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Monday, January 13, 2014

RUTHLESS (1948)

You can’t count on decent budgets to bring out the best from Grade-Z film specialists like Edgar G. Ulmer, best known for his minimalist mini-nihilist masterpiece DETOUR/’45. More often, their peculiar talent for survival only shines against the exigencies of tiny budgets, limited studio space & ridiculously short shooting schedules . . . and Ulmer’s got the drab results to prove it! But not here. By Ulmer standards, this is a lux, lush production with an all-star cast (well, an all-Featured Players cast) and handsome tech support for its stand-up production values. (Lenser Bert Glennon followed this up with two John Ford pics.) The plot & visuals are heavily influenced by CITIZEN KANE/’41*, laying out a sorry backstory of super-rich financier Zachary Scott in two large-arc flashbacks as he tries to justify his life to ex-BFF Louis Hayward and his new gal pal, Diana Lynn, a dead ringer for both men’s lost first love. Scott has since gone thru many a heart & many a financier’s fortune on his climb to the top, milestones in fiduciary depravity & deception personalized by victories over Martha Vickers, Sydney Greenstreet & Lucille Bremer, all in fine turns. Ulmer can’t quite pull off the finale, too pat, too rushed, but the film remains powerhouse stuff. Avoid the many lousy Public Domain issues out there and look for the fine edition out from the good folks @ Olive Films.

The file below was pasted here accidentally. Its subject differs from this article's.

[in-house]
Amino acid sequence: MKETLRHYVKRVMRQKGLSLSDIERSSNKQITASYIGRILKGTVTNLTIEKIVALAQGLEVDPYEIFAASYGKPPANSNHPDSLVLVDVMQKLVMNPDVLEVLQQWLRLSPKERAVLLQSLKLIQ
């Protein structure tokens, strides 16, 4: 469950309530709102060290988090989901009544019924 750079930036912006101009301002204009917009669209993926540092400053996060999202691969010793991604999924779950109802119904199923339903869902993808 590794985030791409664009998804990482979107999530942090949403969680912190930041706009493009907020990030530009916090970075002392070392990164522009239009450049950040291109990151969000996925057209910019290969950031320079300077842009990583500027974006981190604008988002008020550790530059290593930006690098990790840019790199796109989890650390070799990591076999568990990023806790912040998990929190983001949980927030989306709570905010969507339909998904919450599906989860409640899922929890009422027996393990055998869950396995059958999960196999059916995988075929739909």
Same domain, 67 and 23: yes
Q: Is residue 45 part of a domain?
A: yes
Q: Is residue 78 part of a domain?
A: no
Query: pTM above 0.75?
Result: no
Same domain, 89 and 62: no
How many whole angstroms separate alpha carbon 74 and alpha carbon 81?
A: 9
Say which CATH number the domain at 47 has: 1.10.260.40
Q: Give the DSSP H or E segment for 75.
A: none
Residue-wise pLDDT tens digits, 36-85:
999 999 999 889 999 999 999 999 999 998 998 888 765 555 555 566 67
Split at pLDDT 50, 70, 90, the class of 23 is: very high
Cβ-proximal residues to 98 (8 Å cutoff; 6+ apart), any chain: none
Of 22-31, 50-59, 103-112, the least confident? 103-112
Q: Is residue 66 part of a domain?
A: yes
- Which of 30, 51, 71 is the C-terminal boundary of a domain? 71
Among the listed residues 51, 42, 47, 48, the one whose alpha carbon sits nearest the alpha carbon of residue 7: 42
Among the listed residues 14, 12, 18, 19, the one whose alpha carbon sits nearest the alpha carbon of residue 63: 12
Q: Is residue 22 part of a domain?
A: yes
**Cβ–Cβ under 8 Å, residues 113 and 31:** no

SCREWY THOUGHT OF THE DAY: *Unlike CITIZEN KANE, the acting ‘types’ are reversed here with the Orson Welles-like Louis Hayward playing what is essentially the Joseph Cotten role and Zachary Scott, more of a Joseph Cotten sort, in Kane’s spot.

BTW: if you think you recognize the teen actor who plays Scott as a boy, you probably do. It’s Robert (Bob) Anderson who also played the boy who grows up to be James Stewart in IT’S A WONDERFUL LIFE/’46. Funny, ‘cause the star he really looks like he’d grow up to be is Montgomery Clift. Ironic since Anderson played the boy scout in the woods who puts Montgomery Clift at the scene of the crime in A PLACE IN THE SUN/’51.

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